5 based on the same method. In the case of rules, the material exchanged is a part of the pattern the rule describes. Let us note that this is different from rule induction since the main focus in genetic algorithms is the combination of patterns from rules that have been discovered so far, while in rule induction the main focus of the activity is the dataset. Genetic algorithms are not just for rule generation and may be applied to a variety of other tasks to which rules do not immediately apply, such as the discovery of patterns in text, planning and control, system optimization, etc. Decision Trees Decision Trees are one of the most popular data mining techniques in use today. Decision trees use innovative, well-proven techniques derived from statistical and artificial intelligence research to automatically find correlations and groupings in data. Decision trees express a simple form of conditional logic. A decision tree system simply partitions a table into smaller tables by selecting subsets based on values for a given attribute.users can browse these correlations and examine relationships in context to gain valuable in sights into the data. Rather than the user requesting what dimensions to view, the algorithms of the decision tree root out what dimensions are affecting the business goal. As the tree grows, the factors that affect different groupings within the data are discovered and visualized by the user. The correlations found by the decision tree algorithms are used to infer business rules. These rules form the basis for a predictive model. One of the principle advantages of decision trees, as compared to other data mining techniques, is that the rules and thus the models can be stated in plain English. The interactive capability of decision trees is useful for building predictive models. Once the decision tree algorithms have generated a list of correlated variables (at any given node), the modeler chooses which split to use. His or her domain knowledge plays a critical role in the model creation process. Interactive decision tree creation effectively combines the human intelligence and domain expertise with the pedantic computational power of decision tree algorithms. All data types are dealt with carefully. Algorithms automatically change when the user selects a continuous dependent variable or categorical dependent variable. If an independent variable is continuous, the variable is automatically pre-categorized. Five different algorithms are available to do the precategorization, including a heuristic algorithm. Cross Tabulation Cross tabulation is a very basic and simple form of data analysis, well known in statistics, and widely used for reporting. A two dimensional cross-tab is similar to a spreadsheet, with both row and column headings as attribute values. The cells in the spreadsheet represent an aggregate operation, usually the number of co-occurrences of the attribute values together. Many cross-tabs are effectively equivalent to a 3D bar graph which displays co-occurence counts When dealing with a small number of non-numeric values, cross-tabs are simple enough to use and find some conditional logic relationships (but not attribute logic, affinities or other forms of logic). Cross-tabs usually run into four classes of problems: first when the number of non-numeric values goes up, second when one has to deal with numeric values, third when several conjunctions are involved, and fourth when the relationships are not just based on counts. Neural Networks Neural Networks are nearly as popular as decision trees. While they are not interactive and they do not explain their results, they do tend to produce models with better predictive power than do decision trees. Evaltech, Inc. Copyright 2004 Page 5 of 7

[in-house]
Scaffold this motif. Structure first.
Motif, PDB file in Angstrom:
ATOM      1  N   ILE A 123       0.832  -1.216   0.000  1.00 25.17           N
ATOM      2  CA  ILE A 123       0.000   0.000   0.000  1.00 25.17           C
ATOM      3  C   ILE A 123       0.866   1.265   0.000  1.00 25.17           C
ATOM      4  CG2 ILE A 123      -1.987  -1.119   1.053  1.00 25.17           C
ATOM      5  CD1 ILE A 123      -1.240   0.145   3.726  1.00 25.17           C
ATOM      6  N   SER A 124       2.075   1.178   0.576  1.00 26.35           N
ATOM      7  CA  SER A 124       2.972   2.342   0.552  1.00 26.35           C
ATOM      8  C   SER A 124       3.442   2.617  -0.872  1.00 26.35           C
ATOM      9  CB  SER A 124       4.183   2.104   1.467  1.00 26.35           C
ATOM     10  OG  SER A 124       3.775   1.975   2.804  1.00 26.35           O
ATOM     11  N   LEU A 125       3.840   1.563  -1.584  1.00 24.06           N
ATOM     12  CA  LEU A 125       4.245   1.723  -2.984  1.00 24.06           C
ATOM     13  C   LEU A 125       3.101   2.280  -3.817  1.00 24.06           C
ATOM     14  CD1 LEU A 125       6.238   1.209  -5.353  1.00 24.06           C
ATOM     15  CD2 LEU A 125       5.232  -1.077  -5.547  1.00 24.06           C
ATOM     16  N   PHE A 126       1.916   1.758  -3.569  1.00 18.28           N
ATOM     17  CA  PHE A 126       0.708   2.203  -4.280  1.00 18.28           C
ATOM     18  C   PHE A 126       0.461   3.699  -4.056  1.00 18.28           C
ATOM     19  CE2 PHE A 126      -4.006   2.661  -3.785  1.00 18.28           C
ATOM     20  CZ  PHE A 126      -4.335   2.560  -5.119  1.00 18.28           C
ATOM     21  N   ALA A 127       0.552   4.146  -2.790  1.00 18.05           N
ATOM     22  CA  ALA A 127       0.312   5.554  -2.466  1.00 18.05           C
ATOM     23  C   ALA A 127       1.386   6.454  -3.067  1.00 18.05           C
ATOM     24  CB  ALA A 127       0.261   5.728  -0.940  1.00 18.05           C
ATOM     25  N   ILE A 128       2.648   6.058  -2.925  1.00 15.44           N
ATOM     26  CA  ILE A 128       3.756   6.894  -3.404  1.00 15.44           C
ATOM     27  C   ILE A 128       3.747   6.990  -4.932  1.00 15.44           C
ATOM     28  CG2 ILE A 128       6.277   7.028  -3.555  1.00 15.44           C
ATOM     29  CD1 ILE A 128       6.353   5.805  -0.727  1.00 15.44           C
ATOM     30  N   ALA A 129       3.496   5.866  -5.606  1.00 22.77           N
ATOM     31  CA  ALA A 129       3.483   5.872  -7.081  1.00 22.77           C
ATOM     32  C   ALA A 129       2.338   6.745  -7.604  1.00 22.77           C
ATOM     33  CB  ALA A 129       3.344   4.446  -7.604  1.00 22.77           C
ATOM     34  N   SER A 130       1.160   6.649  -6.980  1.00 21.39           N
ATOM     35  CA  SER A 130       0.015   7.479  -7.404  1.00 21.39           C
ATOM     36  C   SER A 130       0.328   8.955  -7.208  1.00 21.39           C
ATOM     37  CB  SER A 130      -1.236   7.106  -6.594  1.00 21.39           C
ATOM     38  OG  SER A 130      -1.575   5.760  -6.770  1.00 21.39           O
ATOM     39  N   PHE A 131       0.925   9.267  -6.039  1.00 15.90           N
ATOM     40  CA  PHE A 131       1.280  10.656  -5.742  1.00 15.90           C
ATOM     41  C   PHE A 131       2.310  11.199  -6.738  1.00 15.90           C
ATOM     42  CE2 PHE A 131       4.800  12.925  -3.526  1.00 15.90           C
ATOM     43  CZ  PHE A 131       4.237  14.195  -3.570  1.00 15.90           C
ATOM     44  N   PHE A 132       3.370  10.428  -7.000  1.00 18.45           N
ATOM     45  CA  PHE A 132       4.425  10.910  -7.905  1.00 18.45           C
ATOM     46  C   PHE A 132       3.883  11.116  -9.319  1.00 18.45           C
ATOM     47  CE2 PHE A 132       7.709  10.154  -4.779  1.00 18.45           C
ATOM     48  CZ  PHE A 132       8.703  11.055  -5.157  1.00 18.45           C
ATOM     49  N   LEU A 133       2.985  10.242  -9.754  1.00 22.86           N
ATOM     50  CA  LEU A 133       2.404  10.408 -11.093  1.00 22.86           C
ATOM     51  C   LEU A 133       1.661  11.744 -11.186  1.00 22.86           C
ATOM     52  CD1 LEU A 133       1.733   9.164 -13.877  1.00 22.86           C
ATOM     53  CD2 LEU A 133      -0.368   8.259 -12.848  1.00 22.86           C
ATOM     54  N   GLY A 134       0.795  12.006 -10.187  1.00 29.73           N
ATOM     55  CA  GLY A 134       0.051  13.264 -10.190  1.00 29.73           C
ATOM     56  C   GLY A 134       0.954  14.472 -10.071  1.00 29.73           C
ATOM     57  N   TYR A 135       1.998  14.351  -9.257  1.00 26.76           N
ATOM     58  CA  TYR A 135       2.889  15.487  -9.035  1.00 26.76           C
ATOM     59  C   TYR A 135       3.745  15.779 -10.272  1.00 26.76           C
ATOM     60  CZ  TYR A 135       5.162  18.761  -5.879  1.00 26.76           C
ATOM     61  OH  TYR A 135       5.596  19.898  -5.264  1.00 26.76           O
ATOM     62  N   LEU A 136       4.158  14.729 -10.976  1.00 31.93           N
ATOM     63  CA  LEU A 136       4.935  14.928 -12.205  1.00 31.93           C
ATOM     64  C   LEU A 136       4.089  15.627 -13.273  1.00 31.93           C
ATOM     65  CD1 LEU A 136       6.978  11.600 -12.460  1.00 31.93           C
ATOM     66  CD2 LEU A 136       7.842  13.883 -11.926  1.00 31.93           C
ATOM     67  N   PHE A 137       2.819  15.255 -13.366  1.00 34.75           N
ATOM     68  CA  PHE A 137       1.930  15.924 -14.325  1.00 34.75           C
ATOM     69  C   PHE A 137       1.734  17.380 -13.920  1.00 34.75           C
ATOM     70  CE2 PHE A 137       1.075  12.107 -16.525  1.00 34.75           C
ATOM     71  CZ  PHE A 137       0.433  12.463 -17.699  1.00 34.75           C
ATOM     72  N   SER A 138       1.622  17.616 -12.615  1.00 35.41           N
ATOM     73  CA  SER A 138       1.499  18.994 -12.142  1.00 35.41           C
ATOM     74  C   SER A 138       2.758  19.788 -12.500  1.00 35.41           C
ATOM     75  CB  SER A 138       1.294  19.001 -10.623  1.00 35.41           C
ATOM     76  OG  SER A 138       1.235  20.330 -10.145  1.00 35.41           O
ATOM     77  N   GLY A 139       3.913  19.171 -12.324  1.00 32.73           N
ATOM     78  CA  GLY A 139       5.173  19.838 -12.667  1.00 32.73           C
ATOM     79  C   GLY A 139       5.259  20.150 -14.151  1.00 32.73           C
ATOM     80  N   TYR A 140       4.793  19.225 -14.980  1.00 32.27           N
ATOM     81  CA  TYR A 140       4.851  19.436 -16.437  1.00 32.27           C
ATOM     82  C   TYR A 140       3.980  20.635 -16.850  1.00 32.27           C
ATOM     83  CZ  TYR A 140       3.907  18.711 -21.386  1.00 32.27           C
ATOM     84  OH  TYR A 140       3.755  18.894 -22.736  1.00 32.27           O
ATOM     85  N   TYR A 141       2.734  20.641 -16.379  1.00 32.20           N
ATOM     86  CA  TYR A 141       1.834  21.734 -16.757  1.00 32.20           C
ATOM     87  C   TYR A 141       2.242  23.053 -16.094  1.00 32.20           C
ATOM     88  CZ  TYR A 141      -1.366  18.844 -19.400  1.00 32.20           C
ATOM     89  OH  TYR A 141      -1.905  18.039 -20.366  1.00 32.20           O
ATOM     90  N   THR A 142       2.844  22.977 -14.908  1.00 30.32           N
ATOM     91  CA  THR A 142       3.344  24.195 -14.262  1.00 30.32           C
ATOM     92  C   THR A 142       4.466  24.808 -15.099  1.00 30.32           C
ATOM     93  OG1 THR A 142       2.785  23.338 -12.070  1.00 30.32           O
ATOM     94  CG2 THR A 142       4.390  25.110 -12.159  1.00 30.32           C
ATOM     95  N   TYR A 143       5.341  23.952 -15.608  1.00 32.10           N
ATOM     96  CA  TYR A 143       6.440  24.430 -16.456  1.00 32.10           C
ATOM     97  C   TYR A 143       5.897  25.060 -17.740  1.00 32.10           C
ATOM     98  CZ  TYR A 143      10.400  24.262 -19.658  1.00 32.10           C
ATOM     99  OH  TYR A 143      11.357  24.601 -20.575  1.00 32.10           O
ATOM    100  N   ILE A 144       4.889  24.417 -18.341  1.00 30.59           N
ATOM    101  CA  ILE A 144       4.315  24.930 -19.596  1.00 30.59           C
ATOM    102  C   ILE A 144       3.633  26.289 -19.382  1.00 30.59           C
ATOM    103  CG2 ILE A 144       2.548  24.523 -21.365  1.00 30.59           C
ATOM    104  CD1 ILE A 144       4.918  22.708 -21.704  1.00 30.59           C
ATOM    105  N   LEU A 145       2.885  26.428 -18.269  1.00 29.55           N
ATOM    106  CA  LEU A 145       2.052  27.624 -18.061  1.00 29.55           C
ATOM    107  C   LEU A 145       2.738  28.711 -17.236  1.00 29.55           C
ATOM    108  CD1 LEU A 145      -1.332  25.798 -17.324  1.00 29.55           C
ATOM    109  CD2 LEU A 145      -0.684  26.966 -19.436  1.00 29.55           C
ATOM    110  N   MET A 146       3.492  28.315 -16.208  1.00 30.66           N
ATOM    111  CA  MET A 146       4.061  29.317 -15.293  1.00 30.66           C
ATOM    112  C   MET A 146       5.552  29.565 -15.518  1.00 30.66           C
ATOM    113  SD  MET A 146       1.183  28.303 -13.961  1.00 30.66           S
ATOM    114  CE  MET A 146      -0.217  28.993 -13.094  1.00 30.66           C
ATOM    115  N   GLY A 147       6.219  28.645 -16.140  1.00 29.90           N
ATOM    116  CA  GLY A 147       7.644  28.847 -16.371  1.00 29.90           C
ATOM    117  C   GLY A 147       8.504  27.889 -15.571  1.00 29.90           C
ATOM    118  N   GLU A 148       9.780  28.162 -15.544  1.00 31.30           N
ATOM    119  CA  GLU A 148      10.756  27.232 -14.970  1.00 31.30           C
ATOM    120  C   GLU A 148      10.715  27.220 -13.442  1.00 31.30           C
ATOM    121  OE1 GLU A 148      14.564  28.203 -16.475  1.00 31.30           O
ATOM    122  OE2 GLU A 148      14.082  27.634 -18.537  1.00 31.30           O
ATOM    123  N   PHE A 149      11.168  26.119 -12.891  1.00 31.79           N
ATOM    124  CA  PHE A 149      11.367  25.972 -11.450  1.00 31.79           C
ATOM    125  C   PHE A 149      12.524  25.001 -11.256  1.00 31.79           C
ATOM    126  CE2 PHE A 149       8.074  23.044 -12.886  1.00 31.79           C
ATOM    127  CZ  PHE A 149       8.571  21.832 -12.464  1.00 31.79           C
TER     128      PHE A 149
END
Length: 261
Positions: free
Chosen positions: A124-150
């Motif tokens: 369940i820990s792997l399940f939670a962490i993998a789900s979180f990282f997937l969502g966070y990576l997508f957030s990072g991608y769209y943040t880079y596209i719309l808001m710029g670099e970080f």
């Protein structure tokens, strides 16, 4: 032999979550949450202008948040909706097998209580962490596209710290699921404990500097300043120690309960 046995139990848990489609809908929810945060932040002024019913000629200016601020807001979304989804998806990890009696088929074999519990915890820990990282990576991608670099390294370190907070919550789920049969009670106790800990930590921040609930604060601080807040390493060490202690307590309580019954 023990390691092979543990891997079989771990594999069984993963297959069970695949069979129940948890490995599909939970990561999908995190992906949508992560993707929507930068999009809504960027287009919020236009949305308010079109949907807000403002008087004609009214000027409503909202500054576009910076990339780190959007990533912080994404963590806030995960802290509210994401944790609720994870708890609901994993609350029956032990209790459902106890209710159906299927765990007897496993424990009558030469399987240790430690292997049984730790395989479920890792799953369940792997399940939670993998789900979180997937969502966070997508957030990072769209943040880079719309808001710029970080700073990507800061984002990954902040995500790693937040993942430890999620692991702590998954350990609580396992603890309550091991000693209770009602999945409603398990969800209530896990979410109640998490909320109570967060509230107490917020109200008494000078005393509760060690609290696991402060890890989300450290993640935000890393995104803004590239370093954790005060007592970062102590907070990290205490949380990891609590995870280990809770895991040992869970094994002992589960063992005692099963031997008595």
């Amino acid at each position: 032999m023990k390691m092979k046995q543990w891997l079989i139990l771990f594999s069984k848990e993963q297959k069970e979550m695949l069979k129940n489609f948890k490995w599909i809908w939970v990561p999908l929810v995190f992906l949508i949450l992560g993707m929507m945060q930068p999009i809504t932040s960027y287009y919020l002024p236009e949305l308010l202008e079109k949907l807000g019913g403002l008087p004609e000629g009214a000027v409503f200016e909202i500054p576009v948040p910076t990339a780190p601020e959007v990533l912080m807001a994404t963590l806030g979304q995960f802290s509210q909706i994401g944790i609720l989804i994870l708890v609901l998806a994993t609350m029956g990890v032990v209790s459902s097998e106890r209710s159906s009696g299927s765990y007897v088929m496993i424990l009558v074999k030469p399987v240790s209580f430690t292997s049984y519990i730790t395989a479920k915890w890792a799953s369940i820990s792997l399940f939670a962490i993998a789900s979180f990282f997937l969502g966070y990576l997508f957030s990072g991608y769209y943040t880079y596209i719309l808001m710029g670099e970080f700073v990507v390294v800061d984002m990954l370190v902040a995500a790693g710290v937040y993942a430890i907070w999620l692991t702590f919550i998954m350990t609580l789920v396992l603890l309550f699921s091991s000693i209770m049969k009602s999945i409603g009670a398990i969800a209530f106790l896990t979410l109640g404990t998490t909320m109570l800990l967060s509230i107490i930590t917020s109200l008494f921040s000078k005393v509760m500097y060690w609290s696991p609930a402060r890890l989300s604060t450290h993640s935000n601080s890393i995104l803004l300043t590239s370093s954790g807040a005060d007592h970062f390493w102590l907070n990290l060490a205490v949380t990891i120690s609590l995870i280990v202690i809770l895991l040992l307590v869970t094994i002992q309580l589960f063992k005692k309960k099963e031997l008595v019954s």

6 Neural Nets Neural nets are a class of predictive modeling system that works by iterative parameter adjustment. Structurally, a neural network consists of a number of interconnected elements (called neurons) organized in layers which learn by modifying the connection strengths (i.e., the parameters) connecting the layers. Neural nets usually construct complex equation surfaces through repeated iterations, each time adjusting the parameters that define the surface. After much iteration, a surface may be internally defined that approximates many of the points within the dataset. The basic function of each neuron is to: (a) Evaluate input values, (b) Calculate a total for the combined input values, (c) Compare the total with a threshold value and (d) Determine what its own output will be. While the operation of each neuron is fairly simple, complex behavior can be created by connecting a number of neurons together. Typically, the input neurons are connected to a middle layer (or several intermediate layers) which is then connected to an outer layer.to build a neural model, we first train the net on a training dataset, then use the trained net to make predictions. We may, at times, also use a monitoring data set during the training phase to check on the progress of the training. Each neuron usually has a set of weights that determine how it evaluates the combined strength of the input signals. Inputs coming into a neuron can be either positive (excitatory) or negative (inhibitory). Learning takes place by changing the weights used by the neuron in accordance with classification errors that were made by the net as a whole. The inputs are usually scaled and normalized to produce a smooth behavior. During the training phase, the net sets the weights that determine the behavior of the intermediate layer. A popular approach is called back propagation in which the weights are adjusted based on how closely the network has made guesses. Incorrect guesses reduce the thresholds for the appropriate connections. Neural nets can be trained to reasonably approximate the behavior of functions on small and medium sized data sets since they are universal approximations. However, in practice they work only on subsets and samples of data and at times run into problems when dealing with larger data sets (e.g., failure to converge or being stuck in a local minimum. It is well known that back propagation networks are similar to regression. There are several other network training paradigms that go beyond back propagation, but still have problems in dealing with large data sets. One key problem for applying neural nets to large data sets is the preparation problem. The data in the warehouse has to be mapped into real numbers before the net can use it. This is a difficult task for commercial data with many non- numeric values. Since input to a neural net has to be numeric (and scaled), interfacing to a large data warehouse may become a problem. For each data field used in a neural net, we need to perform scaling and coding. The numeric (and date) fields are scaled. They are mapped into a scale that makes them uniform.this is not a very difficult task. However, non-numeric values cannot easily be mapped to numbers in a direct manner since this will introduce unexpected relationships into the data, leading to errors later. To be used in a neural net, values for nonscalar fields such as City, State or Product need to be coded and mapped into new fields, taking the values 0 or 1. This means that the field State which has values is no longer used. Instead, we have new fields, each taking the value 0 or 1, depending Evaltech, Inc. Copyright 2004 Page 6 of 7

7 on the value in the record. For each record, only one of these fields has the value 1, and the others have the value 0. In practice, there are often 50 states, requiring 50 new inputs. Now the problem should be obvious: What if the field City has 1,000 values? Do we need to introduce 1,000 new input elements for the net? In the strict sense, yes, we have to. But in practice this is not easy, since the internal matrix representations for the net will become astronomically large and totally unmanageable. Hence, by-pass approaches are often used. Some systems try to overcome this problem by grouping the 1,000 cities into 10 groups of 100 cities each. Yet, this often introduces bias into the system, since in practice it is hard to know what the optimal groups are, and for large warehouses this requires too much human intervention. In fact, the whole purpose of data mining is to find these clusters, not asks the human analyst to construct them. The distinguishing power of neural nets comes from their ability to deal with smooth surfaces that can be expressed in equations. These suitable application areas are varied and include fingerprint identification and facial pattern recognition. However, with suitable analytical effort neural net models can also succeed in many other areas such as financial analysis and adaptive control. Eventually, the best way to use neural nets on large data sets will be to combine them with rules, allowing them to make predictions within a hybrid architecture. Belief Networks Belief networks (sometimes called causal networks) also rely on co-occurrence counts, but both the graphic rendering and the probabilistic representation are slightly different from agents. Belief networks are usually illustrated using a graphical representation of probability distributions (derived from counts). A belief network is thus a directed graph, consisting of nodes (representing variables) and arcs (representing probabilistic dependencies) between the node variables. Each node contains a conditional probability distribution that describes the relationship between the node and the parents of that node. The belief network graph is acyclic, meaning that there are no cycles. The arcs in belief network denote the probabilistic dependencies between the nodes, rather than impacts computed from the cross-tabs. Evaltech, Inc. Copyright 2004 Page 7 of 7